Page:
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Just Who Is a Food Addict and Is There Help?

Mechele R. Dillard's picture

Food addiction is real and it can destroy lives, but there IS hope--and real help.

Who is a food addict?

Many people think they can spot a food addict because he or she is obese. A food addict is no doubt eating all the time, doing little else, and watching their waistline grow and grow and grow, right? But, being overweight is not necessarily a given for a true food addict. It would surprise many people to know, in fact, that there are many people out there who do not fit the common stereotype of what a food addict must be, but they are, nevertheless, food addicts.

Food Addicts in Recovery Anonymous (FA) is dedicated to helping those with food addictions, following a long-term program that helps individuals break their destructive cycles with food. According to their website:

FA members are men and women of all ages. Some have been obese; others have been severely underweight, bulimic, or so obsessed with food or weight that normal life was difficult or impossible. The common denominator uniting members of FA is addiction and a relationship with food that parallels an alcoholic’s relationship with alcohol. The program offers the hope of long-term recovery, evidenced by many members who have continuously maintained a normal weight and healthy eating for periods of twenty-five or even thirty years.

It would surprise many to know that thin people, like Mika Brzezinski, the co-host of MSNBCs Morning Joe and self-described “skinny girl,” can be food addicts. In her book with Diane Smith, Obsessed: America’s Food Addiction—and My Own, Brzezinski describes a woman scarily out of control when it comes to food, eating massive amounts of food and punishing herself with days of starvation and excessive exercise. Yes, Brzezinski is thin, and admits she has never had a weight problem. However, “not having a weight problem” is not the same as “having a good relationship with food.”

Food addicts come in all shapes and sizes. For the food addict, his/her relationship with food is one that has been described, according to FA, as “a progressive illness that is rooted in a combination of factors: physical allergy, mental obsession, and problems in the personality (fear, doubt, insecurity, and negativity), all of which drive the addict to repeated, destructive behaviors and a dependence on substances or behaviors in order to cope.” And, without help, those who are under the control of a food addiction can see their lives destroyed, as well as the lives of those around them, all the while not realizing that, yes, there is help to be found for their situation.

Part of the problem for many food addicts is, no doubt, the fact that their addiction stems from something that is vital to all of our lives: food. And, for most of us, having a healthy relationship with food truly is simply a matter of educating ourselves on what we should be eating and just making a decision not to eat too much—willpower, as we hear so often. But, in the case of a food addict, “willpower” is not the simple answer; getting help from someone who understands exactly what food addiction IS is the only way most food addicts will ever be able to get their relationship with food under control.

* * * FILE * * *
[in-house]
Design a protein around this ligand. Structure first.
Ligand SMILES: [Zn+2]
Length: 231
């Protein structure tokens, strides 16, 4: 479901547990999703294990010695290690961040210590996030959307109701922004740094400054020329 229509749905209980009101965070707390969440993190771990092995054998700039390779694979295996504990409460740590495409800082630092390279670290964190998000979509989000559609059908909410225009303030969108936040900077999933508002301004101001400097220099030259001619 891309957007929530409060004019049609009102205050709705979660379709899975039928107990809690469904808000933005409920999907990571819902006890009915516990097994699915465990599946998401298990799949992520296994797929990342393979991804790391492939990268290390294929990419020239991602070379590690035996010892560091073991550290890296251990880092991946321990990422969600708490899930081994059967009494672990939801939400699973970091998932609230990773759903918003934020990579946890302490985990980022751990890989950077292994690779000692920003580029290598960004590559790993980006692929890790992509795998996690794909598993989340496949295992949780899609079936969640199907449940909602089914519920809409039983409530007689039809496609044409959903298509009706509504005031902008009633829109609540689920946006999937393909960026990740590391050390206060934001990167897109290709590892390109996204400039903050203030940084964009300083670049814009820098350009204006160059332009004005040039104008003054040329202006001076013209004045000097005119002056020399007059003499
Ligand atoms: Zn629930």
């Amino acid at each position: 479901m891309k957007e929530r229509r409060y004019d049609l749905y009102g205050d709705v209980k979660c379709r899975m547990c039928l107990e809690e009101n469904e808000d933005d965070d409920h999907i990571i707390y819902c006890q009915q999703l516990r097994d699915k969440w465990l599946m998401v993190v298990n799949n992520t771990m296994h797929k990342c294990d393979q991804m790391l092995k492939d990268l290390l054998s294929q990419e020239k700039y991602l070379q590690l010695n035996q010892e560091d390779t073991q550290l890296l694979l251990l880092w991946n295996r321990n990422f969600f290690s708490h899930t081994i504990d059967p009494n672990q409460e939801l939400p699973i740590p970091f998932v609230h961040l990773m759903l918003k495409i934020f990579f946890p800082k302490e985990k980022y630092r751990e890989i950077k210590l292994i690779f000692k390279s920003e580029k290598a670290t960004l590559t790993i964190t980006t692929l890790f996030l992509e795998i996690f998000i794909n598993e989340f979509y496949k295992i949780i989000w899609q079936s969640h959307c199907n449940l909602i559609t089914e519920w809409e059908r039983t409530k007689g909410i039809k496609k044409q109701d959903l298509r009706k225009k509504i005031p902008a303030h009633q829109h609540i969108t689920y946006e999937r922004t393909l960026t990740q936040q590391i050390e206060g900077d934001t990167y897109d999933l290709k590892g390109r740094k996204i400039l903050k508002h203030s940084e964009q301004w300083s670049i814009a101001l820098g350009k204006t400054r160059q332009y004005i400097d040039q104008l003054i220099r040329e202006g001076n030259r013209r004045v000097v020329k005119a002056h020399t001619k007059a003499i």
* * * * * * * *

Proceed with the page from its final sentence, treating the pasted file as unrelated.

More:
FA literature and meetings remind members that “when we abuse food as a drug, our lives become unmanageable.” But, to continue on that idea, when we blame ourselves—and others blame us, as well—for continuing that abuse, not understanding that it is an actual addiction, things are bound to get worse, not better.

But, there IS help.

FA indicates that they address addiction on every level, from the physical cravings for food to the mental battles the food addict will inevitably fight to the spiritual emptiness that many food addicts find is hiding within their addiction. The 12-Step program endeavors to lead food addicts from the darkness and loneliness of ongoing addiction to controlling, managing and being in charge of their own lives after seeking and getting help.

Is everyone who is overweight a food addict? No. But, as people like Mika Brzezinski demonstrate, food addiction is not about weight; it is not about appearance; it is about something deeper, something not all of us can relate to, but something of which we should all be aware: Yes, food addiction IS a "real" addiction and food addicts deserve real help.

For more information about food addiction and how to get help, visit the Food Addicts in Recovery Anonymous website.

Image: Wikimedia Commons

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